R. Abba said to R. Ashi: In the West5 the following [explanation] is stated in the name of R. 'Ulla: [The exemption6 is] because it is not the habit of men to look round while walking on the road.7 Such a case occurred in Nehardea8 where Samuel ordered compensation [for the broken utensil] and so also in Pumbeditha8 where Raba similarly ordered compensation to he paid. We understand this in the case of Samuel who abided by the dictum he himself propounded,9 but regarding Raba are we to say that he [also] embraced the view of Samuel? — R. Papa thereupon said: [In the case of Raba] the damage was done at the corner of an oil factory; and since it was usual to keep there barrels, he10 ought to have kept his eyes open while walking there.11
R. Hisda dispatched [the following query] to R. Nahman: As there has already been fixed a fine12 of three sela's13 for kicking with the knee; five for kicking with the foot; thirteen for a blow with the saddle of an ass — what is the fine for wounding with the blade of the hoe or with the handle of the hoe? — The reply was forwarded [as follows]: 'Hisda, Hisda! Is it your practice in Babylon to impose fines?14 Tell me the actual circumstances of the case as it occurred.' He15 thereupon dispatched him thus: There was a well belonging to two persons. It was used by them on alternate days.16 One of them, however, came and used it on a day not his. The other party said to him: 'This day is mine!' But as the latter paid no heed to that, he took a blade of a hoe and struck him with it. R. Nahman thereupon replied: No harm if he would have struck him a hundred times with the blade of the hoe. For even according to the view that a man may not take the law in his own hands17 for the protection of his interests, in a case where an irreparable loss is pending18 he is certainly entitled to do so.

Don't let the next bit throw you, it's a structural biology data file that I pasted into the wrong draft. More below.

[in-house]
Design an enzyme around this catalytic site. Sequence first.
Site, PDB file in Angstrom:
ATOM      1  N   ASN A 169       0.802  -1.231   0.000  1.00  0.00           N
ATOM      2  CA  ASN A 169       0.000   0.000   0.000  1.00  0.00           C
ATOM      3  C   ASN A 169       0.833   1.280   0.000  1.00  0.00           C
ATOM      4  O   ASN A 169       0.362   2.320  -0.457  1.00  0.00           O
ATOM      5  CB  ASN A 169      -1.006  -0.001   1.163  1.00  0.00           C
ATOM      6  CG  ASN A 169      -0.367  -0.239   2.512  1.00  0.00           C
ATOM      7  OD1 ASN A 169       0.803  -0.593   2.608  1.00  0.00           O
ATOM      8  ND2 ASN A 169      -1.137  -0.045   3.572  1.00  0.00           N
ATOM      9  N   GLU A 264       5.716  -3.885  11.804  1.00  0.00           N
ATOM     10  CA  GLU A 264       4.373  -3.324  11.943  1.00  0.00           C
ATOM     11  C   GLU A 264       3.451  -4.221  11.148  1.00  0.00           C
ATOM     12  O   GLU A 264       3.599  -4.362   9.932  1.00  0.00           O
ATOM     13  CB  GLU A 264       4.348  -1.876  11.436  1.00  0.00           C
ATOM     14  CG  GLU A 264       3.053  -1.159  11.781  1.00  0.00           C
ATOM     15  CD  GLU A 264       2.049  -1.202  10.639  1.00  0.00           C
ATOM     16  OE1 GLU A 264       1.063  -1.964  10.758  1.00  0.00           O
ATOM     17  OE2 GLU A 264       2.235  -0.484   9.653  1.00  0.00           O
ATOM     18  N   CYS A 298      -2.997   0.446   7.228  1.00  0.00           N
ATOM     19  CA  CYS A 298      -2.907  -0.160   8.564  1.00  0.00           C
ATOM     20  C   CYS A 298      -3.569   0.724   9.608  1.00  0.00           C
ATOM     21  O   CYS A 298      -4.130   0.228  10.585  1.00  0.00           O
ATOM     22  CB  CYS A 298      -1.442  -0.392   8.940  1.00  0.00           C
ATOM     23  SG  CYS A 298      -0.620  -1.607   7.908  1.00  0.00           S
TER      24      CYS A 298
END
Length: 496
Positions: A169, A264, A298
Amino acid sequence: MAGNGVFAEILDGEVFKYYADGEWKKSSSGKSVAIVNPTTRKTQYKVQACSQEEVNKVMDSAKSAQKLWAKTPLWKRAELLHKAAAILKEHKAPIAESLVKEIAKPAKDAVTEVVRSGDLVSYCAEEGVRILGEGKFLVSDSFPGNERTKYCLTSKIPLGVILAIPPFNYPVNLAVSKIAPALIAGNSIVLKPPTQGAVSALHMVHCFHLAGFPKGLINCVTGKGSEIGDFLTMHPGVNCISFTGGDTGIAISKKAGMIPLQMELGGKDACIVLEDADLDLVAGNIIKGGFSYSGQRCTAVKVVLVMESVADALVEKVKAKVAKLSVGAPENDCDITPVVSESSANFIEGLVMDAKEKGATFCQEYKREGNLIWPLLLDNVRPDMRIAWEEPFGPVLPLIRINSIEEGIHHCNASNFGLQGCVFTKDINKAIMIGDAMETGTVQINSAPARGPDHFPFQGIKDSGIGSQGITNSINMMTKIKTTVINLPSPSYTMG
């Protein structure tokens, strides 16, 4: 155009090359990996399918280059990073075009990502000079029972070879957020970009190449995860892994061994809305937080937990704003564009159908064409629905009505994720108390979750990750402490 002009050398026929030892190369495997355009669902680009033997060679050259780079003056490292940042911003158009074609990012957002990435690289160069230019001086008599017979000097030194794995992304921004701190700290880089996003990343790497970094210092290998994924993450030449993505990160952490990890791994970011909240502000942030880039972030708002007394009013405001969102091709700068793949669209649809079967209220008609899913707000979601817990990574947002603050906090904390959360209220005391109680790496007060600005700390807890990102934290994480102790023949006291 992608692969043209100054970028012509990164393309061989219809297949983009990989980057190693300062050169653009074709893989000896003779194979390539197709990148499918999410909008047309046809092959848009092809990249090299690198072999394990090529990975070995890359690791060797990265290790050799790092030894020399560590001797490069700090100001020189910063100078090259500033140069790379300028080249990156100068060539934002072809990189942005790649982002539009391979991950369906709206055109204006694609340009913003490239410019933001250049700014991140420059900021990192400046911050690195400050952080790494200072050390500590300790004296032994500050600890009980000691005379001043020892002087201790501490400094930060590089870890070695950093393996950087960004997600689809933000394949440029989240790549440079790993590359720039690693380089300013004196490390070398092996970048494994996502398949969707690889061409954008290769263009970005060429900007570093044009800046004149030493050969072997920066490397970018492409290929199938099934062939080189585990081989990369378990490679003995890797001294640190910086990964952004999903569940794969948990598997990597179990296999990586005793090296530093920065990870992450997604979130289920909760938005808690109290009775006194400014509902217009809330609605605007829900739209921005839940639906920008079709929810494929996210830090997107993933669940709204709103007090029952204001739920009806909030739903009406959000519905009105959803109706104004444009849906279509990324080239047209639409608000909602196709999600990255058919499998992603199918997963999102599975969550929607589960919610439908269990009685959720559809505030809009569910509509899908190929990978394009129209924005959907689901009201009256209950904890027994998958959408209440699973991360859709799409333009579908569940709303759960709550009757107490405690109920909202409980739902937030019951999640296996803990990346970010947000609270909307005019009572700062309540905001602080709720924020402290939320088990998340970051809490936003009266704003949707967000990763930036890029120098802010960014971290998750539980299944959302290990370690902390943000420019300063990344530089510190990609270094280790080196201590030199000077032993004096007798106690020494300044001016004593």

It has indeed been stated: Rab Judah said: No man may take the law into his own hands for the protection of his interests, whereas R. Nahman said: A man may take the law into his own hands for the protection of his interests. In a case where an irreparable loss is pending, no two opinions exist that he may take the law into his own hands for the protection of his interests: the difference of opinion is only where no irreparable loss is pending. Rab Judah maintains that no man may take the law into his own hands for the [alleged] protection of his interests, for since no irreparable loss is pending let him resort to the Judge; whereas R. Nahman says that a man may take the law into his own hands for the protection of his interests, for since he acts in accordance with [the prescriptions of the] law, why [need he] take the trouble [to go to Court]?
R. Kahana [however] raised an objection; Ben Bag Bag said;19 Do not enter [stealthily] into thy neighbour's premises for the purpose of appropriating without his knowledge anything that even belongs to thee, lest thou wilt appear to him as a thief. Thou mayest, however, break his teeth and tell him, 'I am taking possession of what is mine.'20 [Does not this prove that a man may take the law into his own hands21 for the protection of his rights?22] — He23 thereupon said